“It’s been pretty active compared to a few years ago,” said Peter Kast, broker/partner with Realtec. “Commercial lending is just starting to come unglued. Banks are back in the market.”

The biggest project in the works is the $200 million corporate campus Woodward Inc. is building for its global headquarters. With the new campus, the company, which designs and manufactures control systems for the aerospace and energy markets, expects to add 700 jobs over the next 10 years.

Woodward’s expansion comes at the same time Colorado State University’s Engines & Energy Conversion Laboratory is growing. Long a supporter of the lab, Woodward is helping fund its $18.5 million expansion, where the company intends to collaborate and research with CSU faculty and students.

In addition to Woodward, Cummings and Caterpillar also will have a presence in the LEED Platinum facility.

“This is creating a lot of interest in Fort Collins,” said Bob Hosanna, senior design manager at The Neenan Co., which designed and is building the project. “Cummings and Caterpillar would not even look at Fort Collins, but now they have a presence, which adds to the vitality of downtown.”

Woodward isn’t the only entity expanding in Fort Collins. Others include:

• Avago Technologies Wireless Manufacturing, which is planning a $20 million addition to its 70-acre campus.

• Fort Collins Museum of Discovery, which will start a 47,000-square-foot expansion early next year.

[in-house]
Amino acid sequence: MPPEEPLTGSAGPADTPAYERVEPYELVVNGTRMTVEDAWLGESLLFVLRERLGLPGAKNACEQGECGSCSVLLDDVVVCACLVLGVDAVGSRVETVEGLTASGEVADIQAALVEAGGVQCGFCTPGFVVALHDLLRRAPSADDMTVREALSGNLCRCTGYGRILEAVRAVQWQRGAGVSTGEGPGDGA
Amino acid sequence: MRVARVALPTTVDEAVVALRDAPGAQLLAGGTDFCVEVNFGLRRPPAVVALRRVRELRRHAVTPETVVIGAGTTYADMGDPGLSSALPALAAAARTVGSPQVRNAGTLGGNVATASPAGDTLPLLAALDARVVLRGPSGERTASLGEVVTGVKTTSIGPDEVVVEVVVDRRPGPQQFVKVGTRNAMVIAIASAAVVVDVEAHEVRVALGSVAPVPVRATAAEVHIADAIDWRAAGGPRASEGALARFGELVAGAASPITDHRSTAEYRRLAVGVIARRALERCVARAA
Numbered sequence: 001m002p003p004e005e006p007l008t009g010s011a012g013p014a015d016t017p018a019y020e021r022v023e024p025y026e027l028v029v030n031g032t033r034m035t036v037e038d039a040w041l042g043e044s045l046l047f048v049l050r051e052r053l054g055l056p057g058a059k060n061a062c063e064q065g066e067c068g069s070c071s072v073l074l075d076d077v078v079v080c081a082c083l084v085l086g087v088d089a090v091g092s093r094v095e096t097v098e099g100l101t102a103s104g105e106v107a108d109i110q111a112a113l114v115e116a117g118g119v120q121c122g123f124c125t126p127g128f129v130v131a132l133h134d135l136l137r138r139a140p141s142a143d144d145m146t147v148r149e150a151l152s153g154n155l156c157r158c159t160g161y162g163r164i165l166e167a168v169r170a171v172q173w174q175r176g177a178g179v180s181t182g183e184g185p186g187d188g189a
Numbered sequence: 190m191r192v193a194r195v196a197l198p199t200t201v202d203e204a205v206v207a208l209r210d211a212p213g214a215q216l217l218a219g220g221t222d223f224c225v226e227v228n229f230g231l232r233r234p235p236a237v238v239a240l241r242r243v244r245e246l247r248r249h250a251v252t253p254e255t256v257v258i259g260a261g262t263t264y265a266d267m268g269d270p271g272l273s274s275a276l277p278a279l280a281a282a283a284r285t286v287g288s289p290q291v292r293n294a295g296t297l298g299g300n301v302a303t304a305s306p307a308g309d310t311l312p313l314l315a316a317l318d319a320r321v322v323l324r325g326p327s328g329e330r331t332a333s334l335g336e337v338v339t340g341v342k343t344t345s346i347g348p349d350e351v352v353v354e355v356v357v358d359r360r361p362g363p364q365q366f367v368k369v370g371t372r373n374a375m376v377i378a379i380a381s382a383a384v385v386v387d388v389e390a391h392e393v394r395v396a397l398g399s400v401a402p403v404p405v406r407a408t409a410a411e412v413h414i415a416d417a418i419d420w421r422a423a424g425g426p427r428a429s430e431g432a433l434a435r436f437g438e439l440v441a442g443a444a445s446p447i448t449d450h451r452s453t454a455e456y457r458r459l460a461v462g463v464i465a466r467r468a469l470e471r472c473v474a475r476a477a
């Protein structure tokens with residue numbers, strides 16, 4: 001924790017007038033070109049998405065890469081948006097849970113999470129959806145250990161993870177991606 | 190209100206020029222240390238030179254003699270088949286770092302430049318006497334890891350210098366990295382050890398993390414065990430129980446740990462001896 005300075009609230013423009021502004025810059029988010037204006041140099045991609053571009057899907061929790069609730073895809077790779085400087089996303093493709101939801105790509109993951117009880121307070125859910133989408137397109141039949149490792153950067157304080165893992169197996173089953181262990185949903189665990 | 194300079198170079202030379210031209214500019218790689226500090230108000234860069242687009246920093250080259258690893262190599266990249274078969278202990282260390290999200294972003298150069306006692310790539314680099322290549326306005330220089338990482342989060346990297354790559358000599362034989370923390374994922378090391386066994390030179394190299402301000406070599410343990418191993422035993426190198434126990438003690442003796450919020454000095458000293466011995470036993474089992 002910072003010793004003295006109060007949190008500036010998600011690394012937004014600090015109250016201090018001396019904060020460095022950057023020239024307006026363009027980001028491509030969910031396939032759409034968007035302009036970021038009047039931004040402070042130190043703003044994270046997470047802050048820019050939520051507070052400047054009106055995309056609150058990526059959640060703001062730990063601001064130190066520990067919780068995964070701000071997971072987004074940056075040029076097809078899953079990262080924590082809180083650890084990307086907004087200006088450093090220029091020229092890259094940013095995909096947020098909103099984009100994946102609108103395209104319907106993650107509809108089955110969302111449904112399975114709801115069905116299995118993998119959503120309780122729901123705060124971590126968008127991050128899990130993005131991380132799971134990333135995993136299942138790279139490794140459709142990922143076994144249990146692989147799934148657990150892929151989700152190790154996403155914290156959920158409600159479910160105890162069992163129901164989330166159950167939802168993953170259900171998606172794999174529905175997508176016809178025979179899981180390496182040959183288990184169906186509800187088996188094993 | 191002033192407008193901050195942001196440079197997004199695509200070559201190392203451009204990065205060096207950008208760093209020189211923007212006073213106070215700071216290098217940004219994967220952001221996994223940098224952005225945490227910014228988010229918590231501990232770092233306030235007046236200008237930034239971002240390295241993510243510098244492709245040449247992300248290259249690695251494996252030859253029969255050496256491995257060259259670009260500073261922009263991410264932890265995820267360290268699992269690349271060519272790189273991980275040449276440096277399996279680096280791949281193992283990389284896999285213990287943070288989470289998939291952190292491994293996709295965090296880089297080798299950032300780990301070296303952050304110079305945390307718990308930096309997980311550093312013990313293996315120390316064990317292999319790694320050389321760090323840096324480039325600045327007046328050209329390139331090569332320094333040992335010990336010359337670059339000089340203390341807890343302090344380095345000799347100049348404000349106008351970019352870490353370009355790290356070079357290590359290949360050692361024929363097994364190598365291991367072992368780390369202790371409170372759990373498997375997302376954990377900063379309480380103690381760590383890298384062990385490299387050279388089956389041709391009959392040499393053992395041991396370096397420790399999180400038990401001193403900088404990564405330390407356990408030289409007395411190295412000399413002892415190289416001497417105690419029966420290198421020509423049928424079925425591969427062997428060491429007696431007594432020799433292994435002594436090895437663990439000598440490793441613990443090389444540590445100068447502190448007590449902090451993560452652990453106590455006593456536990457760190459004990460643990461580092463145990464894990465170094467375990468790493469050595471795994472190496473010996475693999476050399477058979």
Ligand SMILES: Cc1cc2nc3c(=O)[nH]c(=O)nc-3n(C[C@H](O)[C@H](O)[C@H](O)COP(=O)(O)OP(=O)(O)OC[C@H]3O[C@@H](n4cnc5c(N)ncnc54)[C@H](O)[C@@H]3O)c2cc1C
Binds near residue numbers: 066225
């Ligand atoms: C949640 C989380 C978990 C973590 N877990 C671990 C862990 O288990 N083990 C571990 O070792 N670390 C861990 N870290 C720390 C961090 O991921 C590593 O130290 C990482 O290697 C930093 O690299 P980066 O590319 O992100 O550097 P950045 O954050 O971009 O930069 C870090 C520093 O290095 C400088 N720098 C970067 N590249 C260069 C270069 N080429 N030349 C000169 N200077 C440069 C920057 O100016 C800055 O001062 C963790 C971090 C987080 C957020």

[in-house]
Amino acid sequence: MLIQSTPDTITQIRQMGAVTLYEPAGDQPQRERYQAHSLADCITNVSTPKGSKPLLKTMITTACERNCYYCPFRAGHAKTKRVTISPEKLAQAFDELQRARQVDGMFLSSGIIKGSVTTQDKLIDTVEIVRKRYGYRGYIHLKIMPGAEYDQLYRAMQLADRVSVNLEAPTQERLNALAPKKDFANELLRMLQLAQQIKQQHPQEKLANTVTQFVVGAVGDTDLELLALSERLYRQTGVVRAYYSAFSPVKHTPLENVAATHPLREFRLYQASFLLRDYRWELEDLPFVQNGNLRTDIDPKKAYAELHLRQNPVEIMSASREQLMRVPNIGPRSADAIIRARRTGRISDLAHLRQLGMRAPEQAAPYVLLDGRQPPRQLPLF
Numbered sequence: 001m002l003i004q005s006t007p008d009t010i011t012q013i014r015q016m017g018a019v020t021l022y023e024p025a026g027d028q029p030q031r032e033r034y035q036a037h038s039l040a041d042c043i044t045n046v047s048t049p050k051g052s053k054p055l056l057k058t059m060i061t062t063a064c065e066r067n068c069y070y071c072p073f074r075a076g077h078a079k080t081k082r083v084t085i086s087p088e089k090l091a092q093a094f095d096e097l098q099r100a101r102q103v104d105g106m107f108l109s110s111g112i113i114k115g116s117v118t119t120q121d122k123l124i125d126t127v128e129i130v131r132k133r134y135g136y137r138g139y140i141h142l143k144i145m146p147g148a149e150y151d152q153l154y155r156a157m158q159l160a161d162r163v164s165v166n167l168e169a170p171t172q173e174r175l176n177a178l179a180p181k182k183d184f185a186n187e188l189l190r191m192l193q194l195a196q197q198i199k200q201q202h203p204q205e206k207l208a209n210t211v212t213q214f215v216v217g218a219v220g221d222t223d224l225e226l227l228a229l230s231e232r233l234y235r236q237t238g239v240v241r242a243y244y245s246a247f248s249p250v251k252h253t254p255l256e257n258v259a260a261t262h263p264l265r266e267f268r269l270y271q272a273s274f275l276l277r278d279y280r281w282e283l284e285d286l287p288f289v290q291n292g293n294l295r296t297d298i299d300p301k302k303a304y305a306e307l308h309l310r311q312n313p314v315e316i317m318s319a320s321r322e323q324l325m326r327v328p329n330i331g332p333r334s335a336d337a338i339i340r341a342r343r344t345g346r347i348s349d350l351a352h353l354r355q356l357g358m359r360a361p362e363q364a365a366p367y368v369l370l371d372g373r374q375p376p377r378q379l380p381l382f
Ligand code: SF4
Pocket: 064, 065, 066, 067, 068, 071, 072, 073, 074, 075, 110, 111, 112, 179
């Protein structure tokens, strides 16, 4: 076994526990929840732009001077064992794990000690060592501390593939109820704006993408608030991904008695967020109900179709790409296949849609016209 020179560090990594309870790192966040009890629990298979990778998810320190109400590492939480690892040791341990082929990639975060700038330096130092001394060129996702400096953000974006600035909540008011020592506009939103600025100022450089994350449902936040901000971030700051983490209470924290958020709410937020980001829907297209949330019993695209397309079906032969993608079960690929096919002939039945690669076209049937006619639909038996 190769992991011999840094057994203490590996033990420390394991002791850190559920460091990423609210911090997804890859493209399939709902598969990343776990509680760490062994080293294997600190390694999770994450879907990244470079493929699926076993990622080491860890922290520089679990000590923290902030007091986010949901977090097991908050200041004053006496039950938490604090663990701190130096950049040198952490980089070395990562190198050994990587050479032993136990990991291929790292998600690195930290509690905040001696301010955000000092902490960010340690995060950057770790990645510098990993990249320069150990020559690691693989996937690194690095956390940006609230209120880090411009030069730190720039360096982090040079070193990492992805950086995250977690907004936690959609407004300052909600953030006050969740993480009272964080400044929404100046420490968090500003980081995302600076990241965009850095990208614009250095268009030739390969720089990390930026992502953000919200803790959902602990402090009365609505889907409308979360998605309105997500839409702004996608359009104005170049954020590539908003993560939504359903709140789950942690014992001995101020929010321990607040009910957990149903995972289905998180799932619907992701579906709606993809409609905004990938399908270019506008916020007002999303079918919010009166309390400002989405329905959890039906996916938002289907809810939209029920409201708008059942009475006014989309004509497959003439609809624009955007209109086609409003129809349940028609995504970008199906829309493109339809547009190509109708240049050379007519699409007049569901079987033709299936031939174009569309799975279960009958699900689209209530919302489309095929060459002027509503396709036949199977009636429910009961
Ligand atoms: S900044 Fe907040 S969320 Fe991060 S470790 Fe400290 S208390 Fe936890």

• Banner Health’s new 145,000-square-foot hospital, expected to open in 2015.

• Alberta Development’s proposed $250 million redevelopment of Foothills Mall.

“The total potential project cost is $1.2 to $1.5 billion over the next few years,” said Walt Elish, president and CEO of the Northern Colorado Economic Development Corp.

The residential market is also booming, with a year-to-date increase in sales of 17.5 percent. With just a two-month supply of inventory – normal is about six months – the average sales price of a home in Fort Collins is up 7.3 percent.

“It’s a scramble because there are more buyers than sellers,” said Dave Pettigrew, broker/owner of Fort Collins Relocation.

The thriving market also is seeing the large home builders that left during the recession return. So far this year, 130 permits for new homes have been issued in Fort Collins, compared with 131 for all of 2012.

Multi-family development also is taking off. McWhinney is near completion of The Trails at Timberline, a 314-unit pet-friendly community at 2451 S. Timberline Road that includes community garden plots, a golf simulator and a two-lane bowling alley.

“The Fort Collins market, unlike parts of metro Denver, has not had the influx of new apartment buildings, so we believe there’s significant unmet demand,” said John Shaw, president of Loveland-based McWhinney.

Margaret Jackson

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Mike Taylor is the managing editor of ColoradoBiz. He writes about small-business money issues and how startups are launched. Email him at mtaylor@cobizmag.com.